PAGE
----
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Yes. LPG vehicles are sold in America. Ford has several models including the “Transit Connect” and the “F-150.” I’ve seen several of these models. I’m told that GM offers the Silverado with LPG.
There are conversion kits available that can convert a gas engine to run on LPG.
Many city buses run on LPG. Some delivery vans run on LPG. There are even fleets of Taxi’s in some cities that run on LPG.
Still probably less then 2%.
Perhaps it’s just me, but I didn’t see anything in the post to respond to.
LPG has turned out to be a bad idea 'round here. Though doable, it’s Highly impractical.
– Even the LPG distributor burns gasoline in his bi-fuel truck ! –
Finding the stuff in a timely manner to fill up is a headache, taking a trip and finding fuel is near impossible.
So unless you’re planning to fuel up monday through friday from eight to five… ?
At one of just four places… ?
mountainbike … I just took a shot in the dark. There are a lot of small children in my extended family so I’ve become accustomed to “small talk.”
I’m guessing maybe the OP was going to say where s/he lives and maybe ask for ideas about feasibility? I don’t know, but I’ve looked at LPG conversions before. I ran into two show stoppers.
One is that the kits are expensive and you’re not allowed to DIY - at least I’m pretty sure you’re not allowed to. I wasn’t all that upset by that. I’m ok with the Darwin Award principle and people putting themselves in danger, but I don’t need to be surrounded by little bombs more than I already am.
The second was what ken green mentioned - refueling.
When one of the car mags set up to drive cross country with a LPG powered vehicle they found that even when you could find places to fuel up, the pumps are part of regional/local networks where you need to have a special card to use that pump. Local commuting would possibly work but you’d need to plan any trips with care.
I think here in Calif Honda sells an LPG version of one of their econoboxes, Civic maybe.
My work truck, an 04 f150 lpg or regular gas vehicle has the condition you only run lpg gs 1 time I think before you use regular gas, I might consider it but the closest lpg gas fill up is 12 miles away.
One of the area trucking companies is partly buying LP fueled 18 wheelers. The price for each tractor though as reported was $250K, substantially higher than the diesel models. Plus the problem with making sure they were dispatched where refueling was available to be able to get back home. Its another alternative but its just not there for the general car driving population, except under certain circumstances.
Tacky statement to follow: What a website, you can get response’s with out really asking a question.
The LPG conversion is more popular in countries like the UK where you can run a big suv for a cheaper fuel cost than on petrol. Here the network for refueling has a ways to go to catch up with gas/diesel powered cars.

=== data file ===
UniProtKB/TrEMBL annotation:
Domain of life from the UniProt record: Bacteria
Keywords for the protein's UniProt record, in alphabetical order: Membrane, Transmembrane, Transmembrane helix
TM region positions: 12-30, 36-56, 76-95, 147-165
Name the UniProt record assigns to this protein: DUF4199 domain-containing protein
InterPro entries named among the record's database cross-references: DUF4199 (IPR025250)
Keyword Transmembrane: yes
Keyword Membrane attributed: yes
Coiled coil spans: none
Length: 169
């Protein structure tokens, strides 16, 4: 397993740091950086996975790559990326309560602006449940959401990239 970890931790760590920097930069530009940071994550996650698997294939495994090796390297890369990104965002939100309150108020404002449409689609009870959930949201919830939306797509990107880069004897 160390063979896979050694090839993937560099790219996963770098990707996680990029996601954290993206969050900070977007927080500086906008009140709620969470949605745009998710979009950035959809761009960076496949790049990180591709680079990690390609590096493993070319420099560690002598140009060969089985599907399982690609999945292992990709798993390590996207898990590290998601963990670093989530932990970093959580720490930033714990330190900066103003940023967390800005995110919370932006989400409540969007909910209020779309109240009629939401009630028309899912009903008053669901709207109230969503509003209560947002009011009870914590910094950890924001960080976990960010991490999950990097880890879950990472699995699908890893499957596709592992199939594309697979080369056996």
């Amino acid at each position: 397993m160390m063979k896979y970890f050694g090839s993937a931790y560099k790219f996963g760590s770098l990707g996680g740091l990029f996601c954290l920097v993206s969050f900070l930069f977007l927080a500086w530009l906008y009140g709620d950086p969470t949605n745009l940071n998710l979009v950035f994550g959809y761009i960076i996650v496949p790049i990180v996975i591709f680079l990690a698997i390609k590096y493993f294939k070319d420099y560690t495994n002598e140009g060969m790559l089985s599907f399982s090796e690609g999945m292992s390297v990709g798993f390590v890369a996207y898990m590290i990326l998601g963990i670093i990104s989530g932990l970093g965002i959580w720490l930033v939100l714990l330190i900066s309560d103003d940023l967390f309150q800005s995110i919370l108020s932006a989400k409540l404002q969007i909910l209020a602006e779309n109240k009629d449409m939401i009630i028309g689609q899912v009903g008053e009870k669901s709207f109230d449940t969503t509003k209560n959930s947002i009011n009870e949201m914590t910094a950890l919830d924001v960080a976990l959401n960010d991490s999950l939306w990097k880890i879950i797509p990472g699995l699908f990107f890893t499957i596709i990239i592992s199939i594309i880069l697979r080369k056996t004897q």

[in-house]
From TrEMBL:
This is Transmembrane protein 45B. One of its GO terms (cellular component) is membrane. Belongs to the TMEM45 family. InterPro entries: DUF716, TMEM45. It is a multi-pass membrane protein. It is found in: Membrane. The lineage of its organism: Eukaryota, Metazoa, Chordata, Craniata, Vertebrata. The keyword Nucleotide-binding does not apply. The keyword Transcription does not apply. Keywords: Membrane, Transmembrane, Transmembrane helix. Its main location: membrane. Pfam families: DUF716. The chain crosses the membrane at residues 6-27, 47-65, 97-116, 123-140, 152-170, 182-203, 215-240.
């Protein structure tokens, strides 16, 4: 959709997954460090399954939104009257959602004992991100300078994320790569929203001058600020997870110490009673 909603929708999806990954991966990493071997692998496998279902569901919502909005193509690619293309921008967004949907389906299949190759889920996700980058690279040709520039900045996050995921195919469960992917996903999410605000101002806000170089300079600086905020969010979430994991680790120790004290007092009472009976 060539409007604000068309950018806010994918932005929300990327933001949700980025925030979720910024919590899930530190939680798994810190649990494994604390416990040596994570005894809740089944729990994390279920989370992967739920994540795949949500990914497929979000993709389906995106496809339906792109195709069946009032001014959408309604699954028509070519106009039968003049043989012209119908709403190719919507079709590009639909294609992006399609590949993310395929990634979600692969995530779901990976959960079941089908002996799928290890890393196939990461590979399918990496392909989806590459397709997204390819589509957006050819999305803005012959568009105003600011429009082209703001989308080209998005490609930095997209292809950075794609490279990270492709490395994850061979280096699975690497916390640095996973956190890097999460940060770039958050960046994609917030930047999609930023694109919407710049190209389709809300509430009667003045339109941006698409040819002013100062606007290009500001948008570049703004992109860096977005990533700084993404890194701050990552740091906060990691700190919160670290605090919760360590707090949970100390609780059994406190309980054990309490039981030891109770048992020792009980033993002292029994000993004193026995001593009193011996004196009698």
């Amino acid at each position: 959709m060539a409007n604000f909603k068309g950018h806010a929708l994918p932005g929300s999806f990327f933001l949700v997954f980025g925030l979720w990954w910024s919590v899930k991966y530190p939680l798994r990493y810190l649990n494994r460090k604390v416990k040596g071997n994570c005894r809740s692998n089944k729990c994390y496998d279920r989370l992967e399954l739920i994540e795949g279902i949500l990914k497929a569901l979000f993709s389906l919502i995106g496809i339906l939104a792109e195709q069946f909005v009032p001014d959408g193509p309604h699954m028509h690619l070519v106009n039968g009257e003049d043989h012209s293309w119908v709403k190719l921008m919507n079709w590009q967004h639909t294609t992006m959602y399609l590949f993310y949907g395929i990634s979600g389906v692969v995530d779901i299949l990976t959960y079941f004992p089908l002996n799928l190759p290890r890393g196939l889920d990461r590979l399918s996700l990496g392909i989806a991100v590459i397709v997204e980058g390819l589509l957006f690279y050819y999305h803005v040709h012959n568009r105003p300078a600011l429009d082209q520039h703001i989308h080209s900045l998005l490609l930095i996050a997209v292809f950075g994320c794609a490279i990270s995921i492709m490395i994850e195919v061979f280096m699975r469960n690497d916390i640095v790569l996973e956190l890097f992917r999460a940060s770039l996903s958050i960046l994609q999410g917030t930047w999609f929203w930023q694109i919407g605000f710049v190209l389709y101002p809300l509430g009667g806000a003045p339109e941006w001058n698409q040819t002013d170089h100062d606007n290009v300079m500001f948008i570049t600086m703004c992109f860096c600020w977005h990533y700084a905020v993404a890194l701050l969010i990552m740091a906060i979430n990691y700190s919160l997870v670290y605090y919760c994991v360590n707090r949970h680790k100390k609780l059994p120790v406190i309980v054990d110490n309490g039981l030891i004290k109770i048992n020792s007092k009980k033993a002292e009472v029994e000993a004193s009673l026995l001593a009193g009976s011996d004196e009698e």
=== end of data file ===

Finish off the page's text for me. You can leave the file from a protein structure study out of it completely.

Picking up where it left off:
Yup…at least around here, it’s even more expensive then gasoline. We use it for a few things but presently it’s just too inconvenient. LNG has a chance if your house is hooked up and you have a pump to fill your car over night. Then, maybe as a commuter car the next day. But for now it has the same limitations as electricity.
Let’s clear up the abbreviations:
LPG = Liquefied Petroleum Gas = propane, like for a grill, also used in LPG conversion cars and trucks. That’s the OP’s inferred question.
LNG = Liquefied Natural Gas = methane, carried in huge ships, not used by consumers
CNG = Compressed Natural Gas = methane, that’s what is being used in cars and trucks, that’s what you end up with when you have a home compressor fueling your CNG car or truck from the low pressure gas line to your house.
You sure propane is not also used? I’m pretty sure propane is commonly used for fork lifts.
Propane is LPG
And now I think we’ve identified the problem
Although there are many different alternative fuels out there…and many are good ideas in their own rite…it doesn’t do much good if they’re not accessable to the masses.
They can make alt fuel vehicles right and left but if there’s no infrastructure to support it…what good is it.
They would need to invest in the ‘‘build it and they will come’’ theory to get the alt fuel to become the norm, and that is a huge undertaking.
Dual fuel, gasoline and CNG vehicles make the most sense. CNG is used in local driving where you have good access to the CNG compressor and gasoline is used for extended range. This way, they can be built and in consumers hands. CNG fueling stations would then follow so that CNG only cars could be offered. Honda used to offer a CNG Civic model and home fueling station. It only gave a 125 mile range and only ran on CNG. I think they dropped it.
From an engine point of view, LPG and CNG are pretty much the same in a low-pressure-mixed-with-air form. Similar energy content, similar equipment to feed it to the engine. The tanks are wildly different; 3600 psi for CNG and 50 psi or so for LPG.
I thought the “big boys” ran LNG in thermos-like fuel tanks.